Ilixadencel-Sutent Combo Shows Efficacy in Advanced Kidney Cancer, Phase 2 Trial Reports

Ilixadencel-Sutent Combo Shows Efficacy in Advanced Kidney Cancer, Phase 2 Trial Reports

A combination of ilixadencel plus Sutent (sunitinib) is showing promising efficacy in patients with kidney cancer that has spread to other organs, according to topline data from a Phase 2 trial.

Ilixadencel, Immunicum‘s lead candidate for the treatment of different types of solid tumors, is a cancer vaccine based on the use of dendritic cells — cells that “show” T-cells, a type of white blood cell that fights cancer, their targets. These dendritic cells are collected from healthy donors.

Once isolated, these cells undergo a procedure to become activated and produce substances that trigger a strong immune response. They are then injected directly into the tumor to trigger an inflammatory response, which in turn will promote the recruitment of T-cells that start attacking cancer cells.

The effects of adding ilixadencel to Sutent, a cancer therapy marketed by Pfizer and approved to treat advanced and recurrent kidney cancer, are currently being assessed in the global, open-label and controlled MERECA Phase 2 trial (NCT02432846).

The study enrolled a total of 88 newly diagnosed patients with metastatic kidney cancer who had an intermediate or poor  prognosis.

Study participants were randomly assigned to two different treatment groups: those who were vaccinated with ilixadencel before undergoing nephrectomy (surgery to remove the kidney) and treated with Sutent after surgery; and those who were only treated with Sutent after surgery (control group).

The trial’s primary goal (endpoint) was to assess patients’ overall survival and survival rates at 18 months of follow-up in these intermediate and high-risk patients. Secondary endpoints included evaluations of treatment safety and tolerability, tumor response, and patients’ immunological profile.

Topline data from MERECA, recently announced by Immunicum, shows that:

  • Among the 45 people vaccinated with ilixadencel and eligible for evaluations of treatment response, five (11%) achieved a complete response (complete tumor eradication), compared to one out of the 25 (4%) evaluable patients given only Sutent after surgery;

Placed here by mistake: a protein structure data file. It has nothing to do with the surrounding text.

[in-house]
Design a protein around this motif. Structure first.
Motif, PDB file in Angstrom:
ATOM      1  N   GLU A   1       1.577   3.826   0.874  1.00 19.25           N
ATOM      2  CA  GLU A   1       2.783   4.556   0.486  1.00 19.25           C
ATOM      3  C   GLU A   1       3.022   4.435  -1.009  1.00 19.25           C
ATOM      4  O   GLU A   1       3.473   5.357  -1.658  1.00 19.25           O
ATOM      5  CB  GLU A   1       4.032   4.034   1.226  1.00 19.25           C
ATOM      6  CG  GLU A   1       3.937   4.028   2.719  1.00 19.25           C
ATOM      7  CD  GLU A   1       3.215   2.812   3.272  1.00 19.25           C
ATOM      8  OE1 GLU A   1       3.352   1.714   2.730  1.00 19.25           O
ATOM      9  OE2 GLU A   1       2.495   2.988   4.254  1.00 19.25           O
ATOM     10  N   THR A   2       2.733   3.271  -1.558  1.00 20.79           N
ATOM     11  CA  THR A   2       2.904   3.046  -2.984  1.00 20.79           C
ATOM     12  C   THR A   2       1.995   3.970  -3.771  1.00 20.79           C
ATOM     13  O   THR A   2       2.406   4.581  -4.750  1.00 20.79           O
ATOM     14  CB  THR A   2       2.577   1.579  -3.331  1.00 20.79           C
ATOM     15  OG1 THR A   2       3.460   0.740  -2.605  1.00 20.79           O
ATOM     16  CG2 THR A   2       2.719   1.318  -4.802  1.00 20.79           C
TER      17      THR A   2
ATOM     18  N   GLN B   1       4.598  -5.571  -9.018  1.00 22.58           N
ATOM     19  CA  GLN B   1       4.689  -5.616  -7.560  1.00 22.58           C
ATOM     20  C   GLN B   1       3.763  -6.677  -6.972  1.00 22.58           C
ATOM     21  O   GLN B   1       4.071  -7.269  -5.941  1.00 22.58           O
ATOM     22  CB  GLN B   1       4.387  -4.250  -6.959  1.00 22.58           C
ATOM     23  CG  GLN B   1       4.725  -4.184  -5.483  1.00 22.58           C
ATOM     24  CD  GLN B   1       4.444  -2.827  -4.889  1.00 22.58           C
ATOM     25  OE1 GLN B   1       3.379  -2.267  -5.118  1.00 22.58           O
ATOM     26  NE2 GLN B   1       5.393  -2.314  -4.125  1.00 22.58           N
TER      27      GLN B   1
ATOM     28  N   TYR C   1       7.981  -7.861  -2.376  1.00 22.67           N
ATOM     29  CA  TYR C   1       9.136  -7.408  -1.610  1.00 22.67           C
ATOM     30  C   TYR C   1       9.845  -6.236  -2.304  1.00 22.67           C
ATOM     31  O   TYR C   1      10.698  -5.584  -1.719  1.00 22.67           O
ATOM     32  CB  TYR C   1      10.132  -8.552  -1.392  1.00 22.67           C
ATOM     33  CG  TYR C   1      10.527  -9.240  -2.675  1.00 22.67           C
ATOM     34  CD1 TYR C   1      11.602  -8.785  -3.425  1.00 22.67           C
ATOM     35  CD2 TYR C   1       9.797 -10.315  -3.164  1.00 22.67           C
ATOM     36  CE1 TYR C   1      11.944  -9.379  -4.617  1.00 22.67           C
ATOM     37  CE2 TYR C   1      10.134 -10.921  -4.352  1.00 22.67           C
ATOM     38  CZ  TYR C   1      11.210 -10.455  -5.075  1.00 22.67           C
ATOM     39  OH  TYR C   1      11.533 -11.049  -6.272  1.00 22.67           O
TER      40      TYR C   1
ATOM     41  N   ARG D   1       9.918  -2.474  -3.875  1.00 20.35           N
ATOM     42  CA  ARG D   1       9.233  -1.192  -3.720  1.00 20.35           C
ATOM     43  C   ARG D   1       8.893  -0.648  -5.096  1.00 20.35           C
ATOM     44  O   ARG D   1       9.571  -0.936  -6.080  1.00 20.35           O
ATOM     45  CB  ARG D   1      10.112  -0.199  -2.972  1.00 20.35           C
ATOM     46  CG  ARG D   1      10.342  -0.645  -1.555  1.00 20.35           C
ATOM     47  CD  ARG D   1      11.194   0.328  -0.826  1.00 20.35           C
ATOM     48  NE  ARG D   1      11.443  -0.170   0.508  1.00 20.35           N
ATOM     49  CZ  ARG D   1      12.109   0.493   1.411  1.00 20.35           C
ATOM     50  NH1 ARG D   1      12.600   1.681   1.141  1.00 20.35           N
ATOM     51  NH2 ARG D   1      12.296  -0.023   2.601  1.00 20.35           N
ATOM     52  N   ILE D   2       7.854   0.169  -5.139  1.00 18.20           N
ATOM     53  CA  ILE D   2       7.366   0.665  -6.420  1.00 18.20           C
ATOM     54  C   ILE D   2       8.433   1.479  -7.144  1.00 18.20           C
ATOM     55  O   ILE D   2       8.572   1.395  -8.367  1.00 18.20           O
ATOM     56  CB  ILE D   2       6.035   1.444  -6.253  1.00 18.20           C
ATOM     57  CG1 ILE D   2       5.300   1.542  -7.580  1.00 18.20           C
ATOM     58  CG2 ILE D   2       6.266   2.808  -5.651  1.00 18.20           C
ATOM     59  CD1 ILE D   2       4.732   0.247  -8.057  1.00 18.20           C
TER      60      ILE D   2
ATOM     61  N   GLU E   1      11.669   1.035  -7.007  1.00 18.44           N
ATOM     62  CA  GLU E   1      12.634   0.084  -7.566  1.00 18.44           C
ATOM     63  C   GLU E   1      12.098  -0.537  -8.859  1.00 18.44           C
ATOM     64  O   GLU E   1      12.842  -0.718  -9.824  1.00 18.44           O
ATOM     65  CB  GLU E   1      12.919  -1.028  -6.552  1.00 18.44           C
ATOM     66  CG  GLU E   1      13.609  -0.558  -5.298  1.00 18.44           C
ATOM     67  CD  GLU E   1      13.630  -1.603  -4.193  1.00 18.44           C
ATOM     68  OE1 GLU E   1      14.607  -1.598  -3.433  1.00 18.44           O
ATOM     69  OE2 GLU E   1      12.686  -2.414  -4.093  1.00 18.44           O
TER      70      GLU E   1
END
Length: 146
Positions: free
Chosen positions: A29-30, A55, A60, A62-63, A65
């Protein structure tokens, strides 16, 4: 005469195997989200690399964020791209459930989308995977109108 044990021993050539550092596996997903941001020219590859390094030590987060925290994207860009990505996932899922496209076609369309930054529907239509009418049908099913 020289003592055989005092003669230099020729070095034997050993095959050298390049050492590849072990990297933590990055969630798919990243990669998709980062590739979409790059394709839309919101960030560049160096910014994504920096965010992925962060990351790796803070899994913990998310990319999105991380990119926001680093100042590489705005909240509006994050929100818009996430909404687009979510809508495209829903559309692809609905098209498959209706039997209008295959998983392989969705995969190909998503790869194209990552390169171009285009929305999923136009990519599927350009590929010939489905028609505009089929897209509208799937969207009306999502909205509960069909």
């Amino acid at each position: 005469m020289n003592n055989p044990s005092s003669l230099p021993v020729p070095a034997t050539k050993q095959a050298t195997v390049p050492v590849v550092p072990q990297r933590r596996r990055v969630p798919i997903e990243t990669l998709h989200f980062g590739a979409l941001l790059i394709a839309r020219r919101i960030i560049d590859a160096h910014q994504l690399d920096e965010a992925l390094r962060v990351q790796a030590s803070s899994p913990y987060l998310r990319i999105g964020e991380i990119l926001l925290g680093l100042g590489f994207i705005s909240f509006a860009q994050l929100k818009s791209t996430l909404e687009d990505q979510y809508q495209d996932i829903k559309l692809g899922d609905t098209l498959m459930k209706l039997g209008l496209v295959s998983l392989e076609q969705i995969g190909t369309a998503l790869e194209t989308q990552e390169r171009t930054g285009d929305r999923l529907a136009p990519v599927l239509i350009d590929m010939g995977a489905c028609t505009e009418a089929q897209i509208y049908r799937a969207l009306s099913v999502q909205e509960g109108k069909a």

• Median overall survival was not reached in any of the groups, indicating both regimens have a high survival rate;
  • Survival rates at 18 months of follow-up were similar in both groups (63% among those vaccinated and 66% among those who were not);
  • The median progression-free survival (the time patients lived without their disease worsening), and time to progression were similar in patients from both groups;
  • Patients’ immunological profile will require further analyses;
  • Overall safety and tolerability findings were identical in both treatment groups, and consistent with what has been reported for ilixadencel in other studies.

According to the company, these findings support the development and use of ilixadencel as an effective therapy for kidney cancer and other types of solid cancers.

“Our main objective for MERECA was to explore the therapeutic benefit of ilixadencel in combination with a standard treatment regimen. The surprising number of complete responses in advanced-stage cancer patients is particularly encouraging and highly supportive of our vision for ilixadencel as a backbone therapy in modern cancer treatment regimens,” Carlos de Sousa, chief executive office of Immunicum, said in a press release.

“We are eager to conduct the full analysis of the data and use that to refine and accelerate ilixadencel’s clinical development,” Sousa added.

The company is planning to present the full data from MERECA at an upcoming scientific conference, and to publish the trial’s findings in an international peer-reviewed science journal.

Joana holds a BSc in Biology and a MSc in Evolutionary and Developmental Biology from Universidade de Lisboa. She is currently finishing her PhD in Biomedicine and Clinical Research at Universidade de Lisboa. Her work has been focused on the impact of non-canonical Wnt signaling in the collective behavior of endothelial cells — cells that made up the lining of blood vessels — found in the umbilical cord of newborns.
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Inês holds a PhD in Biomedical Sciences from the University of Lisbon, Portugal, where she specialized in blood vessel biology, blood stem cells, and cancer. Before that, she studied Cell and Molecular Biology at Universidade Nova de Lisboa and worked as a research fellow at Faculdade de Ciências e Tecnologias and Instituto Gulbenkian de Ciência. Inês currently works as a Managing Science Editor, striving to deliver the latest scientific advances to patient communities in a clear and accurate manner.
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Joana holds a BSc in Biology and a MSc in Evolutionary and Developmental Biology from Universidade de Lisboa. She is currently finishing her PhD in Biomedicine and Clinical Research at Universidade de Lisboa. Her work has been focused on the impact of non-canonical Wnt signaling in the collective behavior of endothelial cells — cells that made up the lining of blood vessels — found in the umbilical cord of newborns.
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